Parallel I/O, Analysis and Visualization of a Trillion Particle Simulation

Problem Statement and Goals

Petascale plasma physics simulations have recently entered the regime of simulating trillions of particles. These unprecedented simulations generate massive amounts of data, posing significant challenges in storage, analysis, and visualization. In this work, we considered VPIC, a state-of-the-art plasma physics particle simulation code that ran on 120,000 hopper cores and produced approximately 30TB of data for a single timestep. In order to support scientific analysis in this new regime of petascale plasma physics simulations, we tackle the following computer science research problems:

We are also interested in addressing the following scientific research questions:

Implementation and Results

Some highlights from our work are as follows:

Figure 1. The 120K core VPIC run showed comparable performance except for a couple of slow servers. The slower servers lead to a small amount of I/O continuing after the bulk had completed, and leads to the slightly wider gaps between individual variable dumps.
This work was published as a technical paper at the SC12 conference [1].

Analysis of highly energetic particles

We applied the analysis and visualization tools developed in this project towards addressing a number of open scientific problems.

Figure 3. Visualization of the 1 trillion electron dataset at timestep 1905 showing all particles with Energy > 1.3 (gray). In addition, all particles with Energy > 1.5 are shown in color, with color indicating Energy. The queries result in 164,856,597 particles with Energy > 1.3 and 423,998 particles with Energy > 1.5. The particles appear to be accelerated preferentially along the direction of the mean magnetic field (oriented at 45° in the x-y plane), corresponding to formation of four jets. The distribution of energetic particles is asymmetric, with the most energetic particles acquiring negative Uy.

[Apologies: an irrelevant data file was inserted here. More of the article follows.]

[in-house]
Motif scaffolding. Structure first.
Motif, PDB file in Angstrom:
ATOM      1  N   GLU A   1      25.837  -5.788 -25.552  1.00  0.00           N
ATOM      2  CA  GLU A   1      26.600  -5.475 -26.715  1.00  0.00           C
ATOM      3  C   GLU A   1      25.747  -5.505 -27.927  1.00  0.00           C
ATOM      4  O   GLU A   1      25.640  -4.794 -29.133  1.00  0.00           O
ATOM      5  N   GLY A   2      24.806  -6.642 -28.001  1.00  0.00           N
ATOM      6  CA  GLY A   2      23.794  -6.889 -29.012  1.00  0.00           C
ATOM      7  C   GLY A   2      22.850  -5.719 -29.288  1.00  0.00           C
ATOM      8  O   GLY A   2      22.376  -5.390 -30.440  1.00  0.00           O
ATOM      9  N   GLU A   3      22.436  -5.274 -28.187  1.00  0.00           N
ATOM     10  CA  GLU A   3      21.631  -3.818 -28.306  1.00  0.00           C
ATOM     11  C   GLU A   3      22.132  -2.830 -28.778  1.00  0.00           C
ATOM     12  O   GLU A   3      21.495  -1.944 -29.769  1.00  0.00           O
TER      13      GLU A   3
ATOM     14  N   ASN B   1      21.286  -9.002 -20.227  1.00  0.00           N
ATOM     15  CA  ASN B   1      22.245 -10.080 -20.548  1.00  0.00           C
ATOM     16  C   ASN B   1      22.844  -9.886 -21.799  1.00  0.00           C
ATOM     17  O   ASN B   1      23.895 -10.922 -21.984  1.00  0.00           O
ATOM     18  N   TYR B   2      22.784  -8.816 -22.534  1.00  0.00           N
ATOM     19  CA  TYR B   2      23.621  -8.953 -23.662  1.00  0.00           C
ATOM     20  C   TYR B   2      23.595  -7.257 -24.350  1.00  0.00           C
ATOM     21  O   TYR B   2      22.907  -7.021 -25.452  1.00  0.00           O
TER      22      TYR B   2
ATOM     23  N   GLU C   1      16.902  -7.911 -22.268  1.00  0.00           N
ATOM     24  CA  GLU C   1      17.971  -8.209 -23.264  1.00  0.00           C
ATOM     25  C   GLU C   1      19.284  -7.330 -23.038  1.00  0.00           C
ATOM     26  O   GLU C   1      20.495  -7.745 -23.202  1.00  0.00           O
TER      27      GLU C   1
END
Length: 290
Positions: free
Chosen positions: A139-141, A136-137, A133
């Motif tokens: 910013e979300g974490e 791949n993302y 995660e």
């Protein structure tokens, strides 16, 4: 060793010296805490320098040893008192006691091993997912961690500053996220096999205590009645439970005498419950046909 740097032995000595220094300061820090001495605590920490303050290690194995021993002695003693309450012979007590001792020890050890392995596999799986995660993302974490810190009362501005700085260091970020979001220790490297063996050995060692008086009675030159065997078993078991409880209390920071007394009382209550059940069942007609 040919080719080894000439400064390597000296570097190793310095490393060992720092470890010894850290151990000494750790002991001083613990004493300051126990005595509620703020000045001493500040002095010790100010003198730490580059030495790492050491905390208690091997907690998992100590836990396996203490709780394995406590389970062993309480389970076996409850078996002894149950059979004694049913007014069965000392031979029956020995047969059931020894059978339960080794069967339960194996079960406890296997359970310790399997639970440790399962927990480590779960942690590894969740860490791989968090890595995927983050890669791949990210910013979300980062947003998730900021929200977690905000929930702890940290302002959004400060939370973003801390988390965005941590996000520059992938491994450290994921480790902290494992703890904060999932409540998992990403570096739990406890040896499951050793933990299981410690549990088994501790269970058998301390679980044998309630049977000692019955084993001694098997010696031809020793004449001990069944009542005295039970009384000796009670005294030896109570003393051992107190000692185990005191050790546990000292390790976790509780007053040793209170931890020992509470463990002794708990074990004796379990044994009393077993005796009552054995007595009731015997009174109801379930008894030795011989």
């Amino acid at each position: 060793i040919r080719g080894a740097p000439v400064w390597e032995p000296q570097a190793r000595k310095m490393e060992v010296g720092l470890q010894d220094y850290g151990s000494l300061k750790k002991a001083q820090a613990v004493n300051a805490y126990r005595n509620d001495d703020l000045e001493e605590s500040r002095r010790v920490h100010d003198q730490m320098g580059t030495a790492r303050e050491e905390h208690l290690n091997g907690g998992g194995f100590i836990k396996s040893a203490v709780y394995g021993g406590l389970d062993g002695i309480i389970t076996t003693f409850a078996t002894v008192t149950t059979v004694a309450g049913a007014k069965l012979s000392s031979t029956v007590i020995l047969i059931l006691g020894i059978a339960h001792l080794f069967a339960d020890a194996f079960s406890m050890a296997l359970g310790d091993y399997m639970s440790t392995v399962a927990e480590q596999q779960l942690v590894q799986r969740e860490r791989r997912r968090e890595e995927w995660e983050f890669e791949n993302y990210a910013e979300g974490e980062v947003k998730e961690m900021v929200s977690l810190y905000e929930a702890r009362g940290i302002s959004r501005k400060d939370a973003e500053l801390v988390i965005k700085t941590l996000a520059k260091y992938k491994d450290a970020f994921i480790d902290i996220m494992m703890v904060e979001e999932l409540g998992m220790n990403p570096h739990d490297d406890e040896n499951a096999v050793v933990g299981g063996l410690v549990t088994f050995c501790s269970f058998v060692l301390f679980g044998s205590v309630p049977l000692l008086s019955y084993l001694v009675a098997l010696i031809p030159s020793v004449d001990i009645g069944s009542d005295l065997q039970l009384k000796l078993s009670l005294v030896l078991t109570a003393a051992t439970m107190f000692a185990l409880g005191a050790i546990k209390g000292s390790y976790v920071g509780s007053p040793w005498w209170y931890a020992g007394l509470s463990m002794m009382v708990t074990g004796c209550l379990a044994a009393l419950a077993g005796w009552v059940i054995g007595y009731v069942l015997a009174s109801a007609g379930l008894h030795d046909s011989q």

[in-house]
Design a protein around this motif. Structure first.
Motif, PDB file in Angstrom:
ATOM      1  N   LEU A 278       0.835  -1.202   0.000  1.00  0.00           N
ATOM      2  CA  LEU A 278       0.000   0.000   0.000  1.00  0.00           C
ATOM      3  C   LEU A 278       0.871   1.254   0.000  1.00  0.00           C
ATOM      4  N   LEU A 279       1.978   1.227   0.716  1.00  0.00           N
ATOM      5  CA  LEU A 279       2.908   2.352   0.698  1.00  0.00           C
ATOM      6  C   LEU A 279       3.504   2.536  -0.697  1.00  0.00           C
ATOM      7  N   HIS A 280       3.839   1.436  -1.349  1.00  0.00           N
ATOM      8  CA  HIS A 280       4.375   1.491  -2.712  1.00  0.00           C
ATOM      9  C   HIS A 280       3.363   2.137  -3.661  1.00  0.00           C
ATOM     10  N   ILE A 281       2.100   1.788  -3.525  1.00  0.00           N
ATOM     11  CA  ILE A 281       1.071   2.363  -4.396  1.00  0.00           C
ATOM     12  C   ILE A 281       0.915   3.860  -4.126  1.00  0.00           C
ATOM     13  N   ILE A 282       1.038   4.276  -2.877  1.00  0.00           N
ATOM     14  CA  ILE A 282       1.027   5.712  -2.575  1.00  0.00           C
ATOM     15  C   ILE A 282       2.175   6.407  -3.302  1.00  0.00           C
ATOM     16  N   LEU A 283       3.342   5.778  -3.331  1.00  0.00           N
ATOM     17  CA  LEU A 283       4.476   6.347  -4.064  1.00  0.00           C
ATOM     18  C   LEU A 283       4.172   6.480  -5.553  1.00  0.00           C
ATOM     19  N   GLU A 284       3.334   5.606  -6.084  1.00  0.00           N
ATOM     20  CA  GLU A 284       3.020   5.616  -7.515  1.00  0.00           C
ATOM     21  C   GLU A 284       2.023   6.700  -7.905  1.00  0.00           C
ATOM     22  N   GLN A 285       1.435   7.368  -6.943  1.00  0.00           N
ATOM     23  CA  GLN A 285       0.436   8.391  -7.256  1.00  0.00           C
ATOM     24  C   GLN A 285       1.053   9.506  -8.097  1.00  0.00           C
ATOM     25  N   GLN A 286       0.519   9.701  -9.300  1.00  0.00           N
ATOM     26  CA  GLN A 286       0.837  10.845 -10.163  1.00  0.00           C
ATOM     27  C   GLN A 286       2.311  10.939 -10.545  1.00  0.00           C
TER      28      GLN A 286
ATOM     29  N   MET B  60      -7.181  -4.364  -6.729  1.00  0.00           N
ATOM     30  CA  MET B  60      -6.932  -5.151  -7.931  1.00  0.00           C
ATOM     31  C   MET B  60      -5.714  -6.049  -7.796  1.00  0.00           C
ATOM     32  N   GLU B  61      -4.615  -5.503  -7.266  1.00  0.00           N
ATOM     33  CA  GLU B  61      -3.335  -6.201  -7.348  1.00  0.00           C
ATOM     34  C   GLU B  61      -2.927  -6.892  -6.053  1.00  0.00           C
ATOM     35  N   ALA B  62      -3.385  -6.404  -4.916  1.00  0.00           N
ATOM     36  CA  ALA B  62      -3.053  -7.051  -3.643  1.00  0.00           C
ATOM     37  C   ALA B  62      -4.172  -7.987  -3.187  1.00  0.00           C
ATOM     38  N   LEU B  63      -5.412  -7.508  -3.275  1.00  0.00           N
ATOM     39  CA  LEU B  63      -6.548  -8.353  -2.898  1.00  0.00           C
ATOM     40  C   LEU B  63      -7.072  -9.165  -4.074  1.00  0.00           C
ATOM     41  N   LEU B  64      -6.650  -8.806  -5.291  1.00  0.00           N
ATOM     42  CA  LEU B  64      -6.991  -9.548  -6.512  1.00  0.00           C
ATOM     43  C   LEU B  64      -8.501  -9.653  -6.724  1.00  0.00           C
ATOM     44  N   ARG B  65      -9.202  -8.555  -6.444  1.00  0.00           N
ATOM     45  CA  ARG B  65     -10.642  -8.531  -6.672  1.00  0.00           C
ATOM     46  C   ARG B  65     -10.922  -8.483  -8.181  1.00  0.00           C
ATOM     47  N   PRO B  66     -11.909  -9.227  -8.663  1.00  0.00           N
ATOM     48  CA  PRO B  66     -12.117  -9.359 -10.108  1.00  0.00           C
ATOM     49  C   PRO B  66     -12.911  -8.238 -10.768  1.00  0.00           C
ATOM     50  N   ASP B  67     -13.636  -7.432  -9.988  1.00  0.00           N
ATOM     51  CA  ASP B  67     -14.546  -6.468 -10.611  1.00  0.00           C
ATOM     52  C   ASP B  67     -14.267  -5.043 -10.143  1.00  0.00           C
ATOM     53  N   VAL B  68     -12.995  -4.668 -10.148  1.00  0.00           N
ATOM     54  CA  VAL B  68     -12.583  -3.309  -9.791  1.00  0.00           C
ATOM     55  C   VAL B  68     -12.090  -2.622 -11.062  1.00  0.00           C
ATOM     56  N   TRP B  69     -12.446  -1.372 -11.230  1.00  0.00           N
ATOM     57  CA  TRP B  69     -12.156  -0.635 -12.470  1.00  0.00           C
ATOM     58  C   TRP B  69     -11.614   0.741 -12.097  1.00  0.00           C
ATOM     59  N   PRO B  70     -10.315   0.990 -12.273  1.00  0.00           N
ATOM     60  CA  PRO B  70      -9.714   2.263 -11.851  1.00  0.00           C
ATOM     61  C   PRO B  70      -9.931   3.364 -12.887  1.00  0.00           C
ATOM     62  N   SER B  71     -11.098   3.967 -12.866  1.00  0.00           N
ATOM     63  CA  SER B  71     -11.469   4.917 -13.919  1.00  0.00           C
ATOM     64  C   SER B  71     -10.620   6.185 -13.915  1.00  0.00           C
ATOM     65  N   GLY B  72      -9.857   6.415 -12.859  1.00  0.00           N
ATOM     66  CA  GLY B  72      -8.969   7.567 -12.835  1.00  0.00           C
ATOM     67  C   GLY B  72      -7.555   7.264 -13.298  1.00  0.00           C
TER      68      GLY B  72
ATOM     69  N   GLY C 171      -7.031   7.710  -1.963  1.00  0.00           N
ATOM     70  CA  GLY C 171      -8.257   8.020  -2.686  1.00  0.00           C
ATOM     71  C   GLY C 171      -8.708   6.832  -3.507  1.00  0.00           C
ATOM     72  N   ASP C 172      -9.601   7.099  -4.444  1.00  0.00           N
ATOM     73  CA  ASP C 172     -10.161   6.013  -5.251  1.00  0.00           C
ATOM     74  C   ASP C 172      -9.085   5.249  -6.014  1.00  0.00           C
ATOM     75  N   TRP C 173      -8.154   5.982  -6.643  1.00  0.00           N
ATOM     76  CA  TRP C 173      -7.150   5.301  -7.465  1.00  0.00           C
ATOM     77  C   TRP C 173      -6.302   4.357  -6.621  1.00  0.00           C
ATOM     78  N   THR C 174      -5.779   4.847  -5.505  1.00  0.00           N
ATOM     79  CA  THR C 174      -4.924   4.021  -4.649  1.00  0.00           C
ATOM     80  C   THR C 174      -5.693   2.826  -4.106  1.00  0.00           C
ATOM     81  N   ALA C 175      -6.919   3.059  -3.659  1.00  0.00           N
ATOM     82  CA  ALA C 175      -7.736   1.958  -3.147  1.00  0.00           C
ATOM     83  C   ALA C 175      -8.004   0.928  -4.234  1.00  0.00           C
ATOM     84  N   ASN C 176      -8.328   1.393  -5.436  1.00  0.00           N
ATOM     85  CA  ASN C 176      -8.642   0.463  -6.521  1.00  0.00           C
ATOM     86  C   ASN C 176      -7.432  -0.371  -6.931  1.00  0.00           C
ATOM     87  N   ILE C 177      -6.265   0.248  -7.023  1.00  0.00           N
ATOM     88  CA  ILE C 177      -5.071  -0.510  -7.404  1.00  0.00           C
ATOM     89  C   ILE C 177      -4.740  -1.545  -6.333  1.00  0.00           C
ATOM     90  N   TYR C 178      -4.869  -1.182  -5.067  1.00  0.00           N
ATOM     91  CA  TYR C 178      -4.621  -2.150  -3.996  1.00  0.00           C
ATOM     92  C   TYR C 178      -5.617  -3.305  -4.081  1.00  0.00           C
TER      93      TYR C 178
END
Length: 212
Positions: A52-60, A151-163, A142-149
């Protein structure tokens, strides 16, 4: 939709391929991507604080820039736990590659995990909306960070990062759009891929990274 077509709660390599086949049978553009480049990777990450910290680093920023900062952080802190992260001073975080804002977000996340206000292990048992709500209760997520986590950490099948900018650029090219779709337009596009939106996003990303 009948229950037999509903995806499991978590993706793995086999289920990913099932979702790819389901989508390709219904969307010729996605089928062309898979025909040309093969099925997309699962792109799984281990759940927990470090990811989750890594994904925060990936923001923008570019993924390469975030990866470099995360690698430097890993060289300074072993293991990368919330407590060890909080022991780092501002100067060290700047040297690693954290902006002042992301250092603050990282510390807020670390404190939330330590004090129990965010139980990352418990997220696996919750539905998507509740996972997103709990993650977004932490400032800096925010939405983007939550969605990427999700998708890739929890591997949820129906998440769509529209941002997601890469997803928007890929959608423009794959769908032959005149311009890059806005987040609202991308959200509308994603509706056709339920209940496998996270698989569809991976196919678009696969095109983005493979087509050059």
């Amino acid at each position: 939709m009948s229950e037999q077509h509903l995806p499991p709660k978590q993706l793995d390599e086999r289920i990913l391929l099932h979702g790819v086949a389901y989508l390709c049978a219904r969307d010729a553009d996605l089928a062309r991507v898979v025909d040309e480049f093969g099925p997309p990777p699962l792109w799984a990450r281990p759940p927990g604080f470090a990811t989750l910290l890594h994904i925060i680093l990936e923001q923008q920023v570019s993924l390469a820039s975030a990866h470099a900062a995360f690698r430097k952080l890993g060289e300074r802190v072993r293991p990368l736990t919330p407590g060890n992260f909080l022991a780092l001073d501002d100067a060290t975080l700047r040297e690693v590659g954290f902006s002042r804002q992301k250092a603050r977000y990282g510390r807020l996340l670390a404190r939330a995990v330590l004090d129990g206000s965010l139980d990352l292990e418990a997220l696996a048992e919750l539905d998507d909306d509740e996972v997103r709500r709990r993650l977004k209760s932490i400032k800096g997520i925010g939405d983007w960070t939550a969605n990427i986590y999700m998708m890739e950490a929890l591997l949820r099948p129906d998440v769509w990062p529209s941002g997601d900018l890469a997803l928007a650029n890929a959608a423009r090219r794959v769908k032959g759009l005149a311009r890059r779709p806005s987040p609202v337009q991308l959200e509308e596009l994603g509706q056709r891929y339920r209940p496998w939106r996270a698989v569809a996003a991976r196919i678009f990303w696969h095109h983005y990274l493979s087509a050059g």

Figure 4. Visualization of the 1 trillion electron dataset at timestep 1905 showing the density of all particles with Energy > 1.3 (see also Figure 3).

Figure 5. Scatter plot showing all particles with Energy > 1.5 (see also Figure 6) in Uy and U|| space colored by Energy. We observe a strong positive correlation between Uy and U||. The particles of highest Energy appear in regions of high negative U|| (and Uy) values, indicating that the high energy particles are aligned (i.e., move parallel) to the magnetic field.

Figure 6. Plot showing all particles with Energy > 1.5. The query selects 57,740,614 out of the 114,875,956,837 particles, i.e., approximatel 0.05% of all particles. Color indicates U||. We observe different particle structures with strong positive (red) and negative (blue) U|| values.

Figure 7. Isosurface plot of the positron particle density np with color indicating the magnitude of the total current density |J|. Note the logarithmic color scale. The blue box (indicated by the arrow) is located in the X-line region of the simulation and illustrates the query (157.654 < x < 1652.441) && (-165 < y < -160.025) && (-2.5607 < z < 2.5607), which we use in Figure 8 to study agyrotropy.